When: 2007-12-01

Collection location: Albion, Mendocino Co., California, USA [Click for map]

Who: Douglas Smith (douglas)

Specimen available

Found in the grass, no moss present. Because they were in grass, I thought that perhaps they were not G. autumnalis, but were in the same group (sensu. Smith and Singer). They have the macroscopic look of G. autumnalis, with the fiberous stipes that darken from the base, a fibrous zone form the veil, the “bell-shaped” cap, which are not umbonate, flat on top, with caps that curl inwards, and have margins that point back towards the stipe when young, and hygrophanous caps that are slightly striate at the margin.

But G. autunmalis should be found on wood, and these are in grass. But when I went through the micro-details, they are just G. autumnalis (even though I tried to make them something else). The grassy area was at the edge of a conifer forest, and near by a fallen log, I would have to assume the ground contained quite a bit of woody debris. G. autumnalis is usually found on well rotten wood, not freshly fallen stuff, and the ground under the grass must have a lot of well rotten stuff.

The first micro-shot is of the cheilocystidia, at 400x in Meltzer’s. The cystidia are the classic autumnalis shape, sub-pointed, and some club-shaped, but not capitate.

The second micro-shot is of a radial section of the cap, displaying the cap surface. There is a gelatin layer on the surface, with the hyphae loosely embedded. The hyphae are hyline, and not thickened. These features really make it G. autumnalis sensu. Smith and Singer. If there was no gelatin layer, it would be in the G. marginata group, and if the hyphae were colored it would be G. unicolor (which for some reason is the only species they described which can or can not display a gelatin layer).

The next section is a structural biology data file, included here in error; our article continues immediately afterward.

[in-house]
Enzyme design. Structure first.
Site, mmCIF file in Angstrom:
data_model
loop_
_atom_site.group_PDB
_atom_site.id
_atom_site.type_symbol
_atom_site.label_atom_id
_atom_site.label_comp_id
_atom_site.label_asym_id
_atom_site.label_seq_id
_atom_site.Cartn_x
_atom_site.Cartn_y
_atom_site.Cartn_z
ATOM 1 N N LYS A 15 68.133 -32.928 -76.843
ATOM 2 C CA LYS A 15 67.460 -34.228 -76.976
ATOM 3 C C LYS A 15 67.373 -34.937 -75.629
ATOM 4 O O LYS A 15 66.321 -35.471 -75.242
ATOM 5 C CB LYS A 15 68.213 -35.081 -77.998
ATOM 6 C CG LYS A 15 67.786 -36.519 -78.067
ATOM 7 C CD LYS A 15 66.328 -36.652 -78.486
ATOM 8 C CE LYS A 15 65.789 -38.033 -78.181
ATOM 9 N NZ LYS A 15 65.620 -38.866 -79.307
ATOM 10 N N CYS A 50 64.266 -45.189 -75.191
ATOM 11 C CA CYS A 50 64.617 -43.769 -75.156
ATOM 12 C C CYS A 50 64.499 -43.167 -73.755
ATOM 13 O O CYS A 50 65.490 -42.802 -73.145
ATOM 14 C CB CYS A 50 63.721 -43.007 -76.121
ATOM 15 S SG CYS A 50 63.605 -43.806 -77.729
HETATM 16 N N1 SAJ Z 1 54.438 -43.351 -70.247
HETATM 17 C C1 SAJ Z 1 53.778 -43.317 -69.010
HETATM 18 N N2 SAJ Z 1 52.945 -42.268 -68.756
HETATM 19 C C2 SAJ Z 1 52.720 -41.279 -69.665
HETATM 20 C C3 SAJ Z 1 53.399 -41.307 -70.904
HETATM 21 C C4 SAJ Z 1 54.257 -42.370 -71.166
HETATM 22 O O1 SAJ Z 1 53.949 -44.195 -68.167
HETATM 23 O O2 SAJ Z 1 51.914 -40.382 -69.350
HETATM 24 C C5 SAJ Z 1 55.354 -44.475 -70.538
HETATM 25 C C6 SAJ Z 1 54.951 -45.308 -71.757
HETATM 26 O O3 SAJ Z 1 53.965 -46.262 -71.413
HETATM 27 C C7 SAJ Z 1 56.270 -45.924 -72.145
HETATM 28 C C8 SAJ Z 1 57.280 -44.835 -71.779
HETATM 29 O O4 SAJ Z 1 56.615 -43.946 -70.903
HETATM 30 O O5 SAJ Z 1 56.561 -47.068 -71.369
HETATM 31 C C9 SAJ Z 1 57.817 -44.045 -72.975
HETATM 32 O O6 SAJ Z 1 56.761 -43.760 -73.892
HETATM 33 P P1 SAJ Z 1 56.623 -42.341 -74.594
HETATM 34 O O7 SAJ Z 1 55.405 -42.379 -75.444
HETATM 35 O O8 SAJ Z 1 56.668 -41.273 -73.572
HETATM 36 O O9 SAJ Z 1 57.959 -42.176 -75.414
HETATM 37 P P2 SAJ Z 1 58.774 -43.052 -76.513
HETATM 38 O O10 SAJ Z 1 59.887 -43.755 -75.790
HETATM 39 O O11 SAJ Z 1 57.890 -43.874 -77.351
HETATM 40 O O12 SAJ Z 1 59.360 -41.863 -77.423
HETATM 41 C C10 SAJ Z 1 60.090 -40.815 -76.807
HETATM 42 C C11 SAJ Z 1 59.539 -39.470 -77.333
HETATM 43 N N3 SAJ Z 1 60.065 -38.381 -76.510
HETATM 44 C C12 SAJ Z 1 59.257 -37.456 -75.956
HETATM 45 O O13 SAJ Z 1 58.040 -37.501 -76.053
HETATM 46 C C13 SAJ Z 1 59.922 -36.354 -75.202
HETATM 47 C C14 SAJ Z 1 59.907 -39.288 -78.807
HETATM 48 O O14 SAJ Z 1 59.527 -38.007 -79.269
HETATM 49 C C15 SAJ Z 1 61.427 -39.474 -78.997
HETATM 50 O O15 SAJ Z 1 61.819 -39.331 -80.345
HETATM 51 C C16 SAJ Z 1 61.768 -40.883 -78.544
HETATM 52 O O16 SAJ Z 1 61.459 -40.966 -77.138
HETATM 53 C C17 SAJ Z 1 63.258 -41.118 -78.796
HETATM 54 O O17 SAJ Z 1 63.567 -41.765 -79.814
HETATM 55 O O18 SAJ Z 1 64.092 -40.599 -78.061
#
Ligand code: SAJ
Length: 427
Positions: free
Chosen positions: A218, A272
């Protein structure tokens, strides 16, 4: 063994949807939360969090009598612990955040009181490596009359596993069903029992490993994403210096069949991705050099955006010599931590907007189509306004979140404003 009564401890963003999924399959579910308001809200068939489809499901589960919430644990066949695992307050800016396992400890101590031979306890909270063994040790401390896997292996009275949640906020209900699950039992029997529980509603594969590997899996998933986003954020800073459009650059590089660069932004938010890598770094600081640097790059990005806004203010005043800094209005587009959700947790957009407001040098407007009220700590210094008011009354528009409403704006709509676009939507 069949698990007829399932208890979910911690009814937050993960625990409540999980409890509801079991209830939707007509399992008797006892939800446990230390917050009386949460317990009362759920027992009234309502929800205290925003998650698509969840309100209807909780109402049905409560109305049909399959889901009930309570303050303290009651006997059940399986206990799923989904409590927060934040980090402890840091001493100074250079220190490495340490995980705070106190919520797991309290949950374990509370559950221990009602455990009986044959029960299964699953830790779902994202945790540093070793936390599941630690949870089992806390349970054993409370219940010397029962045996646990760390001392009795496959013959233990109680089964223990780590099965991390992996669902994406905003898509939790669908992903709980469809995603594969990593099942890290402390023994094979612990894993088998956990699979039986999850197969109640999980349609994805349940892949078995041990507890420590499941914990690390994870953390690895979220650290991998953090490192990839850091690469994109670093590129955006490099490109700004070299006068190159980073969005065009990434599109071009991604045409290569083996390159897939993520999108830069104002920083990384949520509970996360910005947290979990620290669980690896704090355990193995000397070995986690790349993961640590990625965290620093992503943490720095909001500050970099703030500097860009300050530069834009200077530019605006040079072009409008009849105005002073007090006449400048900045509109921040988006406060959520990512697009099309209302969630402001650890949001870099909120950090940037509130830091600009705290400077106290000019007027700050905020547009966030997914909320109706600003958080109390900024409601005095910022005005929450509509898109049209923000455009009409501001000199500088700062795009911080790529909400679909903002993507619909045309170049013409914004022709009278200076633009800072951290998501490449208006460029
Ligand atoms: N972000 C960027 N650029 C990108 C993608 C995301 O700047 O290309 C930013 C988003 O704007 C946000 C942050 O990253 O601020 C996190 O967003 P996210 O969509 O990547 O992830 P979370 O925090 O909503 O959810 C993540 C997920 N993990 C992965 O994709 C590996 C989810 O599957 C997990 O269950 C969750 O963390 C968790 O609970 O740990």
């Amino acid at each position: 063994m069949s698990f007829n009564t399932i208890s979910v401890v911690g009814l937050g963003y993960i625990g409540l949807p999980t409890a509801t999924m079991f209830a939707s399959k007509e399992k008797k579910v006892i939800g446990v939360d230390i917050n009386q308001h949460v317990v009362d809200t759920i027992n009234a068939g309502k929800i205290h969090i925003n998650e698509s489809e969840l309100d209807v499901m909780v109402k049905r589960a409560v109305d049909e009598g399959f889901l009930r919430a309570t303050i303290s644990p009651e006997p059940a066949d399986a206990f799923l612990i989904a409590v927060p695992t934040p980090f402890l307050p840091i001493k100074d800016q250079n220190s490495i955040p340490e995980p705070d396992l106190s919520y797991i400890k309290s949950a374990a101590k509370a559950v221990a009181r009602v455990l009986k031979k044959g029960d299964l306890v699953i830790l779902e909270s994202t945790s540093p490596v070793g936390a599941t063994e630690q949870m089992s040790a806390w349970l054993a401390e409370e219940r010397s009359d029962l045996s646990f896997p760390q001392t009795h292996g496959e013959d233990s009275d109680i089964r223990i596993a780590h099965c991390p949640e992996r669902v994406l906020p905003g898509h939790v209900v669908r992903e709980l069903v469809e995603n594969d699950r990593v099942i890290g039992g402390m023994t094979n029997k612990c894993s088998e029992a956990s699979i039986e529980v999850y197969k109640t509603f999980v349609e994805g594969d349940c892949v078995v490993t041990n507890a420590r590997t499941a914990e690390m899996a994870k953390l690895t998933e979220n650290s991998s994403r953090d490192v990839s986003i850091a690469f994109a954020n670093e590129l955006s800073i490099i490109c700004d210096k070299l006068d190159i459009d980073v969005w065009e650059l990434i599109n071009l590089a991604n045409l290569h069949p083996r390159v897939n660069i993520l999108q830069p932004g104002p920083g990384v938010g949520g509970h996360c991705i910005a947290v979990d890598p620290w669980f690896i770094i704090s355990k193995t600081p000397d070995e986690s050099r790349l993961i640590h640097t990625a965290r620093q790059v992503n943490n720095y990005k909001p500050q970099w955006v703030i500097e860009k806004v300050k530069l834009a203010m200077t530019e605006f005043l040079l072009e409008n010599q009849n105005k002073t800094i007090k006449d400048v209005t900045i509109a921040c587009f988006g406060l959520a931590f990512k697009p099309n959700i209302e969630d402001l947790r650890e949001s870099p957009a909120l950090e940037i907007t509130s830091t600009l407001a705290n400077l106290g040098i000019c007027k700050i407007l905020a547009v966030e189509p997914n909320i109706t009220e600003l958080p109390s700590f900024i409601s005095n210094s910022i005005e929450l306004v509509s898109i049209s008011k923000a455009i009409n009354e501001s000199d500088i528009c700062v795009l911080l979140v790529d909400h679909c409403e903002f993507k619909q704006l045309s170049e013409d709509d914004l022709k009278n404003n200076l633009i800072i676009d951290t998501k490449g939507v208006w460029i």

The last micro shot displays the spores trapped in the fibrous veil tissue. The spores are clearly roughened, as others in the autumnalis group, compared to other Galerinas.

Ok, after all that, note on DNA studies. There were studies done a few years ago, that state G. autumnalis, G. marginata, G. unicolor, and others, are all the same species. In the Smith and Singer monograph of NA Galerina, these species are really separated by the qualities of the pileus surface. The spore sizes, roughness, veil features, and cystidia for these species named in the DNA studies are comparable. This suggests that the gelatin layer, and hyphae thickness and color of the pileipellis are just species variations. That study suggests that all these species be named G. marginata, since that is the oldest name.

I’m going with G. autumnalis for now, until I can find more comparible samples which only differ in qualities of the cap surface.

These were dried and placed in the SFSU herbarium for further study in the future.

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